Reflections on recent events, plus the occasional fact
free rant unfiltered by rational argument.
The 2014 Hong Kong Occupy movement continues to ripple through our political landscape. Hong Kong remains as polarised as ever following the fateful events of autumn 2014. Last week saw three men (not children as some would believe) sentenced to jail for their part in the violence. Let us be clear, despite the false narrative conveyed in some media, Occupy was a violent movement.
Some have sought to portray the 79-day occupation as a Boy Scout jamboree. The orderly tents, the litter collection plus the self-policing. These all existed for a brief period, but soon evaporated as the disparate groups argued amongst themselves. Then the violence started. For a full account read my earlier post.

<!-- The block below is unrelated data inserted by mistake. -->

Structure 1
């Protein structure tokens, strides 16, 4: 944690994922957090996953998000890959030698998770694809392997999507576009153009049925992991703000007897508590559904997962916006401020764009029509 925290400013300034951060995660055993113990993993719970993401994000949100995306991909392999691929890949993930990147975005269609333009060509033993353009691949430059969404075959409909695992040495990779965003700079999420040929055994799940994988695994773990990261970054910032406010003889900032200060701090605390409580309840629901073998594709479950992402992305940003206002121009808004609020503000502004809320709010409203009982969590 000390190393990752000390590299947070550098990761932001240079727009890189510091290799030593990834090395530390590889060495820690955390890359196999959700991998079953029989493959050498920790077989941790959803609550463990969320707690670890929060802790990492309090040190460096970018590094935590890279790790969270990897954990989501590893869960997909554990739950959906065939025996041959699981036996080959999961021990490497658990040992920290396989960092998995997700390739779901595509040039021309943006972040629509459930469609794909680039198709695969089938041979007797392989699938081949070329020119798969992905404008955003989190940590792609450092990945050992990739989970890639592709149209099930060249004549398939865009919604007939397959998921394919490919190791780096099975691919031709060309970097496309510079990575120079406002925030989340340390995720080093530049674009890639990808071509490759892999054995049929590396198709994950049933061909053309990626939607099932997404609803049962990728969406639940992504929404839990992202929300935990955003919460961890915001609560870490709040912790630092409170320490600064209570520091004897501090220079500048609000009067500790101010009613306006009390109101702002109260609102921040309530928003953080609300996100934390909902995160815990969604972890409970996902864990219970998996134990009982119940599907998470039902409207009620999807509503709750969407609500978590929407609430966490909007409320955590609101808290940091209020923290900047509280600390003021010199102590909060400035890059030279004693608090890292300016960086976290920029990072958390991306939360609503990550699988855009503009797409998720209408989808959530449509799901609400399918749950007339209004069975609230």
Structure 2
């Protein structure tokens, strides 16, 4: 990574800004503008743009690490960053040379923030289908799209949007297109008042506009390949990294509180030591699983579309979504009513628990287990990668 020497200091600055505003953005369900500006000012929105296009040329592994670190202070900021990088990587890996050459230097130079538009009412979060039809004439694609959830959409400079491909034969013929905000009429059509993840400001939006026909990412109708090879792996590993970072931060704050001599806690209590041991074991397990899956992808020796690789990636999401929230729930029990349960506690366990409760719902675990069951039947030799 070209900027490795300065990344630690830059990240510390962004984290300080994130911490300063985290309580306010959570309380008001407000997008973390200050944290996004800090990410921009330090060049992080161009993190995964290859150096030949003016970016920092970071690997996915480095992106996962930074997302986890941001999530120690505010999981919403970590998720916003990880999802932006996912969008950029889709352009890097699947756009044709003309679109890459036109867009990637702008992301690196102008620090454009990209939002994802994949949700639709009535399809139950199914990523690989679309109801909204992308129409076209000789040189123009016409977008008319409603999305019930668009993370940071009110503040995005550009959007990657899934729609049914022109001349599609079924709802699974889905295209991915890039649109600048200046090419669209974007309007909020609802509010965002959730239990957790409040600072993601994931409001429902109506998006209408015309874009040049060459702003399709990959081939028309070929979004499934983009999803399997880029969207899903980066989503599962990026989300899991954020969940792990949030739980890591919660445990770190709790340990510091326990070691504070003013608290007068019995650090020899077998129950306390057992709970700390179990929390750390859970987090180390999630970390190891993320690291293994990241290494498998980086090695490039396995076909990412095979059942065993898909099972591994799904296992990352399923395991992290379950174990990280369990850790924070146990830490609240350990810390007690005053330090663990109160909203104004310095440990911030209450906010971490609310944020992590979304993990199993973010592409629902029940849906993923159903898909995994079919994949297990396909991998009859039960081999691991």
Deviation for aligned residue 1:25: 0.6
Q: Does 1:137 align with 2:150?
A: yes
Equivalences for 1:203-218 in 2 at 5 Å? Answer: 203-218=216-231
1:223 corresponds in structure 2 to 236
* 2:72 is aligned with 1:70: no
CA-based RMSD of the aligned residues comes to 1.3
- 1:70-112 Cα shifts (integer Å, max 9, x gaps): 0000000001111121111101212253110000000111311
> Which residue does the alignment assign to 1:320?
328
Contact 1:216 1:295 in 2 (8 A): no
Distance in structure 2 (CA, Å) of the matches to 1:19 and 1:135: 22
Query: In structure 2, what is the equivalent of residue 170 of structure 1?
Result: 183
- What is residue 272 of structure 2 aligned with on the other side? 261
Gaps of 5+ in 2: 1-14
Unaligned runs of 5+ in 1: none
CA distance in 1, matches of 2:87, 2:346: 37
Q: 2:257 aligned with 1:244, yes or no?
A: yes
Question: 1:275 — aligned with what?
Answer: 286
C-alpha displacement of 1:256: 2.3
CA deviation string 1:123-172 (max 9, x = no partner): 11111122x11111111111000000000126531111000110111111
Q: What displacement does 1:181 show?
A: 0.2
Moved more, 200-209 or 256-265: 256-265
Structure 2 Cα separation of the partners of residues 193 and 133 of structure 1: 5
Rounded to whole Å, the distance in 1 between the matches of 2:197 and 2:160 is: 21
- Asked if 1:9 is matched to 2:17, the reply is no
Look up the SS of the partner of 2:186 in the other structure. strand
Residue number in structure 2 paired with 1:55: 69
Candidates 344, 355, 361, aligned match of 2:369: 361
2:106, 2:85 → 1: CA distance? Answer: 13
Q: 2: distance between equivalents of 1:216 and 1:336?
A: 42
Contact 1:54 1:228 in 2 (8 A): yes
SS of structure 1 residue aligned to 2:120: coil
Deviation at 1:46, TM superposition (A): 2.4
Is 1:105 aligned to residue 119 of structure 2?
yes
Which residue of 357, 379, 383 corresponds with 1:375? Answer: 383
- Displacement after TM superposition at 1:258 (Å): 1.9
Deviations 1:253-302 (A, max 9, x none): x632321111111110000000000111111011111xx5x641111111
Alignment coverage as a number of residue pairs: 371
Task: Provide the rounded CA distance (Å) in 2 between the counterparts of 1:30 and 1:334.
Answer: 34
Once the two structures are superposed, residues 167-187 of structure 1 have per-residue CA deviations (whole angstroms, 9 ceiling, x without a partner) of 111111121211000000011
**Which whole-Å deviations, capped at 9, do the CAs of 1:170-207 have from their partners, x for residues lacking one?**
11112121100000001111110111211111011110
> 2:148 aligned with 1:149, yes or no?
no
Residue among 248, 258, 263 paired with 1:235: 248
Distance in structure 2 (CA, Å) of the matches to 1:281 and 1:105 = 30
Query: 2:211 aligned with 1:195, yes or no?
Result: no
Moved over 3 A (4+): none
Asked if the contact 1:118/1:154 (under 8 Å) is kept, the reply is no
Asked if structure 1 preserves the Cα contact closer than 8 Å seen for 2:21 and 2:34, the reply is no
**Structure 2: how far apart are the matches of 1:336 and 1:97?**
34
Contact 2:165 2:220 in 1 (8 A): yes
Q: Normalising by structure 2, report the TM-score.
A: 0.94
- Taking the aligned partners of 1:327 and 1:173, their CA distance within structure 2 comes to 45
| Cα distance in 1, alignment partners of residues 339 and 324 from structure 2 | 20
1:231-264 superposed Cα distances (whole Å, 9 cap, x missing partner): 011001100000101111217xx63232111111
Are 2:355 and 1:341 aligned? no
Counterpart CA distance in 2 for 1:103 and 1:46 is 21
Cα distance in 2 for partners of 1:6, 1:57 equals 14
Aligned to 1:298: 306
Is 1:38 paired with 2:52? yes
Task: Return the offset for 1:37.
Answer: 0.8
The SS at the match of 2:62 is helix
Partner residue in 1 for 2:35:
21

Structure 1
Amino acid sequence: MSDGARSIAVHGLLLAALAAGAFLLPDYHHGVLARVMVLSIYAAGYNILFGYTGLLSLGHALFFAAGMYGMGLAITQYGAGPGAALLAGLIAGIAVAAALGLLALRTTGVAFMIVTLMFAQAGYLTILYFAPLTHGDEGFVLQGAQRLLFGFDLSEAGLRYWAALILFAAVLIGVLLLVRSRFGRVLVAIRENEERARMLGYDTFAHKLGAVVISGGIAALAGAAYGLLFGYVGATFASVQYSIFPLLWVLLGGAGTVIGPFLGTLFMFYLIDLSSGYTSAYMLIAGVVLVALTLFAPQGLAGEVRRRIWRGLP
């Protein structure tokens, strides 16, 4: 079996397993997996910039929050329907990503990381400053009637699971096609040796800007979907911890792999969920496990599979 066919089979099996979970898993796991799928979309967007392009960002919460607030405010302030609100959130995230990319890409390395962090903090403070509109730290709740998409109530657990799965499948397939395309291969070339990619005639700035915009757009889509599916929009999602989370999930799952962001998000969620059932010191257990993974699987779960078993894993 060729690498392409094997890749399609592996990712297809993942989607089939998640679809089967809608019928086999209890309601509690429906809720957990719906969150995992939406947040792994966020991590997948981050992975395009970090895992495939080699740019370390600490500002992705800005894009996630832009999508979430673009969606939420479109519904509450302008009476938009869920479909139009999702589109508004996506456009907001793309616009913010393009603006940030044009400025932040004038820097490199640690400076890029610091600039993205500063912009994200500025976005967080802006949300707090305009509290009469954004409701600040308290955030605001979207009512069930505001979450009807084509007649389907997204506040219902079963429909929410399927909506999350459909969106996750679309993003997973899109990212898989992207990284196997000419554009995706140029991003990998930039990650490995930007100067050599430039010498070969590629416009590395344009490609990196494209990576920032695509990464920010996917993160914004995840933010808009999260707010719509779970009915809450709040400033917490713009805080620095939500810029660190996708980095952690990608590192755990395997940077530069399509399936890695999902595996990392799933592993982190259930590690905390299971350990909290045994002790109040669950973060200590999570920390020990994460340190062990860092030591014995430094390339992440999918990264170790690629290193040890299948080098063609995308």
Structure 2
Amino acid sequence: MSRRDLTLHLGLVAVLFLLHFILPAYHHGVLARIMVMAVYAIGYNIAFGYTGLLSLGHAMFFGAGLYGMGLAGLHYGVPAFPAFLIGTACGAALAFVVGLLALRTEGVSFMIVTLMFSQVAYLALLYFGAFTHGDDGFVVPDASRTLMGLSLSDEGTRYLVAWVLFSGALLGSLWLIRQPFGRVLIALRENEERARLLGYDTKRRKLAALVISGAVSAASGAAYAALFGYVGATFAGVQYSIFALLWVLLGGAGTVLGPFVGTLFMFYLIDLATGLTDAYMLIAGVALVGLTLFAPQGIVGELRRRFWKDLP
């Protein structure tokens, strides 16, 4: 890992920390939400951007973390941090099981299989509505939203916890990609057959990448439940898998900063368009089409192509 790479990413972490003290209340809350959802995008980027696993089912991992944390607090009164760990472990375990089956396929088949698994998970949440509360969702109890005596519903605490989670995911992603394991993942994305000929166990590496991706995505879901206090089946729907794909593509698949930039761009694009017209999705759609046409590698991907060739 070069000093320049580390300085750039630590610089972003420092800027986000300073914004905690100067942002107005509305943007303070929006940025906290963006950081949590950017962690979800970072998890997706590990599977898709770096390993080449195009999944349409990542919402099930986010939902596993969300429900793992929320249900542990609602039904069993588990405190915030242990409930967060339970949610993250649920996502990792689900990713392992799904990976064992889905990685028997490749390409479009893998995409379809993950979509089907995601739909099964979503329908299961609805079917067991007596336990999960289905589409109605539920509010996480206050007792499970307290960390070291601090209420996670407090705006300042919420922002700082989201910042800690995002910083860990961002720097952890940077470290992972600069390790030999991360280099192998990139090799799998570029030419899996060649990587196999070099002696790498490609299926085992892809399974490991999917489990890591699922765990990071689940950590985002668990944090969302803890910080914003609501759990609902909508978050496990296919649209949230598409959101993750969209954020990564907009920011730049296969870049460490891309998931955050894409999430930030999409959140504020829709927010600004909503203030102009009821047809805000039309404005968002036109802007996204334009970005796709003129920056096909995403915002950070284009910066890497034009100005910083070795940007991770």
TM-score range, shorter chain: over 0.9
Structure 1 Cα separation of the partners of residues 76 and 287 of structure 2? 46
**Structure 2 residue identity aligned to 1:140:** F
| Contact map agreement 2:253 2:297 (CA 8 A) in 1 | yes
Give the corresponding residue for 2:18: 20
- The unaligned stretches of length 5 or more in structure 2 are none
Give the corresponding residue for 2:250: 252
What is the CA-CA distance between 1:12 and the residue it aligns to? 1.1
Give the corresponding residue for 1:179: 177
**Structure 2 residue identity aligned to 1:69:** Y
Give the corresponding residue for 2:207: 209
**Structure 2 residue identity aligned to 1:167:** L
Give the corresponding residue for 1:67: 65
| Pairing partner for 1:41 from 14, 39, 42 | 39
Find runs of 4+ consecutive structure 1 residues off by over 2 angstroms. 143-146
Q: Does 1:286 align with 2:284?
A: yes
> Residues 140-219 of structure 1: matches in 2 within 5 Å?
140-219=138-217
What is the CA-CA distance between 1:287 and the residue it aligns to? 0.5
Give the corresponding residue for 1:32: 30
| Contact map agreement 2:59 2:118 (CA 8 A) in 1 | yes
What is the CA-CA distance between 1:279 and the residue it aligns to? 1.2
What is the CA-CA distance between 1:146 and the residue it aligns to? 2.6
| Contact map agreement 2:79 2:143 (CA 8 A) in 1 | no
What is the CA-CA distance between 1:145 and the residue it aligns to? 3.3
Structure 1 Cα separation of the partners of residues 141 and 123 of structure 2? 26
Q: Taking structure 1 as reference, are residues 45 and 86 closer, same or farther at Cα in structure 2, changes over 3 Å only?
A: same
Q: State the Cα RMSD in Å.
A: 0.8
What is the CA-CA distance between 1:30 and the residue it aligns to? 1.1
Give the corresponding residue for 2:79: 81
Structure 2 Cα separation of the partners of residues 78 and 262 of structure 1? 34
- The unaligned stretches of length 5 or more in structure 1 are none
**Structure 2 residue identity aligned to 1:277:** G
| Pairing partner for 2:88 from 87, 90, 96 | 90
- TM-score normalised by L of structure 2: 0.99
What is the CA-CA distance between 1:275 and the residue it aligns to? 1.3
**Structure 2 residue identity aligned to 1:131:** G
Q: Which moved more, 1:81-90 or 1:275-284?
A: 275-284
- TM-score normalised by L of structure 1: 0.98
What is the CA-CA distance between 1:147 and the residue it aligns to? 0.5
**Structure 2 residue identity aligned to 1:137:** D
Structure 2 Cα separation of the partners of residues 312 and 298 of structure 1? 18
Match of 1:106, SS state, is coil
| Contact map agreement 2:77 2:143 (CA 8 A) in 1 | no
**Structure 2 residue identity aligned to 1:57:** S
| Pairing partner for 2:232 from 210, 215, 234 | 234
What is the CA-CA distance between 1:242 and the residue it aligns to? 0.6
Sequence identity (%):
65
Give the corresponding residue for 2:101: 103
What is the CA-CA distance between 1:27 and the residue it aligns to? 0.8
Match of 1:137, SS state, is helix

The three convicted men led an attempt to storm government headquarters. What followed was assaults on security guards with property damaged in the process. A magistrate gave them community service orders for their actions. Next the Justice Department sought a review of sentencing with the Court of Appeal. This is both legitimate and warranted in view of the importance of the case. In all regards, due process was followed.
It is now bizarre to hear heckles raised by overseas politicians, human right groups and media outlets. These people frequently lecture us about judicial independence. The rule of law is paramount. And here with have them, without any shame, demanding the government overturn a court decision. Hypocrisy doesn’t begin to describe their stance.
Both the Hong Kong Bar Association and the Law Society have felt it necessary to issue a statement. They assert the judgement was taken without interference. The Law Society president went so far to say “These allegations were obviously not supported by facts. Unfounded comments that judicial decisions we're made or influenced by political considerations are unjustified”.